First released in 1983, the Now That's What I Call Music compilation album series was a joint venture between music giants Virgin and EMI, which collected together 30 of the biggest chart hits from that particular period. The success of the first Now album led to a number of copycat versions including Hits and Out Now, but these were short-lived compared to Now, who saw every release reach multiple platinum sales. And the series has continued to go from strength to strength despite enormous changes in the music industry. 1999’s Now 44 became the biggest seller in the series, 2008’s Now 70 sold the most units in its first week while 2016’s Now 95 was the biggest selling album of that year. There have been spin-off editions covering everything from Dad Rock to Video Games and global editions released in China, Argentina and Korea. But why did this particular compilation capture the public’s imagination? Do compilation albums of this type help to form or frustrate musical tastes? Can they devalue music in some way? And how has the series survived in the age of streaming and downloads? With Sheryl Garratt former editor of The Face and The Observer Magazine, Emma Garland from Vice and Now expert Rich Lally. Presenter: Hayley Campbell Producer: Dale Shaw

Jul 02 2018
43 mins
Play Now

Rank #8: Twin Peaks and Forensic Fandom

Podcast cover
Read more

In 1990, celebrated, maverick director David Lynch, fresh from the success of his film Blue Velvet, launched the television series Twin Peaks. A mixture of quirky characters, surrealistic imagery and a murky murder mystery, the show was a massive success enjoying enormous ratings, lavished with critical acclaim and winning numerous awards. But the second season floundered, the audience evaporated, Lynch abandoned the show and the watercooler chatter dried up. After making a controversial and critically mauled prequel film. Fire Walk With Me, Lynch turned his back on Twin Peaks. Then, last year, Lynch resurrected the show, with a third series as strange and challenging as the original. Why was the show such as massive success when it began, why did its demise happen so quickly, why was David Lynch compelled to return to the series, how did the fans react and what part does nostalgia play in popular culture? Host: Hayley Campbell. Producer: Dale Shaw.

Mar 05 2018
35 mins
Play Now

Rank #9: YouTube and Ubiquity

Podcast cover
Read more

The video sharing and hosting site YouTube was launched in 2005 and quickly became one of the most visited and influential websites on the planet. Since its inception, it has arguably transformed the worlds of politics, music, health, advertising ,DIY, beauty, comedy and all branches of traditional broadcast media. It has also spawned its own breed of celebrity, the YouTuber, those dedicated to sharing their lives online. But why was it YouTube, rather than any number of similar sites, that became so synonymous with video? Why do we feel the need to share and watch video content online and who are the YouTubers, what makes a successful one and why do they appear to continually create so much controversy? Host: Hayley Campbell Producer: Dale Shaw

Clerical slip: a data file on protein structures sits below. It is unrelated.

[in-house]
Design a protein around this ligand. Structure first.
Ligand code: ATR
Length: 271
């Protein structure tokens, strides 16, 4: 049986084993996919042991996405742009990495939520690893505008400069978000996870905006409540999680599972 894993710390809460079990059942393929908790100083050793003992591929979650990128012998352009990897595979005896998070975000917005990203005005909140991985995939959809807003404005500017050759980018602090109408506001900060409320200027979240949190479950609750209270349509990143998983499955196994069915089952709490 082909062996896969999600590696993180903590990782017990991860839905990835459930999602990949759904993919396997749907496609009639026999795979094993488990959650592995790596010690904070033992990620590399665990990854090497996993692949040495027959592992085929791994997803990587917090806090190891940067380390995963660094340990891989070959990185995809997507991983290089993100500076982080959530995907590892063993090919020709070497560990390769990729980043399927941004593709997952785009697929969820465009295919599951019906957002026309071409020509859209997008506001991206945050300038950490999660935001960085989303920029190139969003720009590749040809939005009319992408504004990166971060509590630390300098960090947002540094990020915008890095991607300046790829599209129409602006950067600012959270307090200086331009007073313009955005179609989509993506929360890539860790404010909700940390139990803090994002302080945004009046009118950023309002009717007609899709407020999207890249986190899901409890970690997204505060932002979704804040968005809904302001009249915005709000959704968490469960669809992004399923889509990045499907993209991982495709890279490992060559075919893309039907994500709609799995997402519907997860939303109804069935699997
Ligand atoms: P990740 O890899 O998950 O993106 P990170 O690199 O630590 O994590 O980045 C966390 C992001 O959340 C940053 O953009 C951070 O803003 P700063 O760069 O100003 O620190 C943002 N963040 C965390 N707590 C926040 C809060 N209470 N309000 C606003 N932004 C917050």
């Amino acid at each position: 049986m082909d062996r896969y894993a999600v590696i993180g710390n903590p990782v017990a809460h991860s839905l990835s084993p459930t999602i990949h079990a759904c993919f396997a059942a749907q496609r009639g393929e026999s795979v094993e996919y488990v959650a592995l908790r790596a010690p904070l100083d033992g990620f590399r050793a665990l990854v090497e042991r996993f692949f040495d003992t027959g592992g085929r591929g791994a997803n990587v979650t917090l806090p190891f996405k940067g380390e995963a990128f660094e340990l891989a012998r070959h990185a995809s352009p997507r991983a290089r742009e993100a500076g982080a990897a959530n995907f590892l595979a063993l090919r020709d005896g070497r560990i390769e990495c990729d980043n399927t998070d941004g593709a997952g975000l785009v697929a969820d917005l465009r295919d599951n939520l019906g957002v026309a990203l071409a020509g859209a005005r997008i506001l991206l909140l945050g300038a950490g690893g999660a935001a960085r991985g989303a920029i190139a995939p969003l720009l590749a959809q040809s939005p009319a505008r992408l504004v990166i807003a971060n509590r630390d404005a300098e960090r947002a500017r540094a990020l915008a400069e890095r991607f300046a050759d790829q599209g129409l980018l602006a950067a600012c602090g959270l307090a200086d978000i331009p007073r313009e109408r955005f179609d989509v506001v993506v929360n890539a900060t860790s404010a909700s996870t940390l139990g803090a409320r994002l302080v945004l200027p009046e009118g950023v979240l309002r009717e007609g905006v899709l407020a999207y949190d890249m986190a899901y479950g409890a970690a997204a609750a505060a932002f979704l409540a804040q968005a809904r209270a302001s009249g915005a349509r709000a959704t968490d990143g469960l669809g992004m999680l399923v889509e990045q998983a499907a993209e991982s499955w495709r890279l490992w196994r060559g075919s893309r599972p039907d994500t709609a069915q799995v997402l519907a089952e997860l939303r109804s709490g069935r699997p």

Apr 02 2018
31 mins
Play Now

Rank #10: David Foster Wallace, Infinite Jest and Legacy

Podcast cover
Read more

Released in 1996, David Foster Wallace’s novel Infinite Jest was critically lauded on release and became a New York Times bestseller. But since the author’s suicide in 2008, the book and Wallace himself has undergone a change in reputation. While the book still has its staunch defenders, with many considering it a masterpiece, it has also become shorthand for a sort of ‘literary chauvinism’ - seen to be adored by a certain type of male reader who insists on imposing their opinion on all, especially via social media. What made this book so notable in the first place? Why does it possess a reputation for being both prophetic and difficult? And why is it now maligned in some quarters as a totem for toxic masculinity and how can the legacy and reputation of an author be maintained after death? With Jonathan McAloon, Elsa Court and Matt Greene. Presenter: Hayley Campbell Producer: Dale Shaw

Apr 16 2018
38 mins
Play Now